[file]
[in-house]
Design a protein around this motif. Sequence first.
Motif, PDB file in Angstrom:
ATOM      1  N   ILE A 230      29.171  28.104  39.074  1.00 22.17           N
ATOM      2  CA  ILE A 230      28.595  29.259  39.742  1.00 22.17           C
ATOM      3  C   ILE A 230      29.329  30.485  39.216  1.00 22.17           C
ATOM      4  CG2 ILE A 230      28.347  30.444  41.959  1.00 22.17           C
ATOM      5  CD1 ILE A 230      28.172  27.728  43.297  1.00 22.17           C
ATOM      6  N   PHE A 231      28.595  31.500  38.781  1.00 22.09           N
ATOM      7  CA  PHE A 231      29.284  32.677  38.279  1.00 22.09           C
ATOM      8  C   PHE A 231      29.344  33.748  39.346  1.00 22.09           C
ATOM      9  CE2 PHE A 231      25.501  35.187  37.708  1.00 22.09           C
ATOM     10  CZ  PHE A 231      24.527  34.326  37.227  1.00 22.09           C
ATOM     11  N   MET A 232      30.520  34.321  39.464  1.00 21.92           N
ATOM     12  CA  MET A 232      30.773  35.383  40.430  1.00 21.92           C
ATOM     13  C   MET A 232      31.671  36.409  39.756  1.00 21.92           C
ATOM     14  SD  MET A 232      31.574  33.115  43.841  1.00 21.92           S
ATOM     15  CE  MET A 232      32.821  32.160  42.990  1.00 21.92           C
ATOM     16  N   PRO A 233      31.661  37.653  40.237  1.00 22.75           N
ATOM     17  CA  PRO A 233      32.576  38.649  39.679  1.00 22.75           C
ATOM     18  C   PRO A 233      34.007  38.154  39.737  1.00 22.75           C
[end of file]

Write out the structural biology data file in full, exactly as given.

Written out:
[in-house]
Design a protein around this motif. Sequence first.
Motif, PDB file in Angstrom:
ATOM      1  N   ILE A 230      29.171  28.104  39.074  1.00 22.17           N
ATOM      2  CA  ILE A 230      28.595  29.259  39.742  1.00 22.17           C
ATOM      3  C   ILE A 230      29.329  30.485  39.216  1.00 22.17           C
ATOM      4  CG2 ILE A 230      28.347  30.444  41.959  1.00 22.17           C
ATOM      5  CD1 ILE A 230      28.172  27.728  43.297  1.00 22.17           C
ATOM      6  N   PHE A 231      28.595  31.500  38.781  1.00 22.09           N
ATOM      7  CA  PHE A 231      29.284  32.677  38.279  1.00 22.09           C
ATOM      8  C   PHE A 231      29.344  33.748  39.346  1.00 22.09           C
ATOM      9  CE2 PHE A 231      25.501  35.187  37.708  1.00 22.09           C
ATOM     10  CZ  PHE A 231      24.527  34.326  37.227  1.00 22.09           C
ATOM     11  N   MET A 232      30.520  34.321  39.464  1.00 21.92           N
ATOM     12  CA  MET A 232      30.773  35.383  40.430  1.00 21.92           C
ATOM     13  C   MET A 232      31.671  36.409  39.756  1.00 21.92           C
ATOM     14  SD  MET A 232      31.574  33.115  43.841  1.00 21.92           S
ATOM     15  CE  MET A 232      32.821  32.160  42.990  1.00 21.92           C
ATOM     16  N   PRO A 233      31.661  37.653  40.237  1.00 22.75           N
ATOM     17  CA  PRO A 233      32.576  38.649  39.679  1.00 22.75           C
ATOM     18  C   PRO A 233      34.007  38.154  39.737  1.00 22.75           C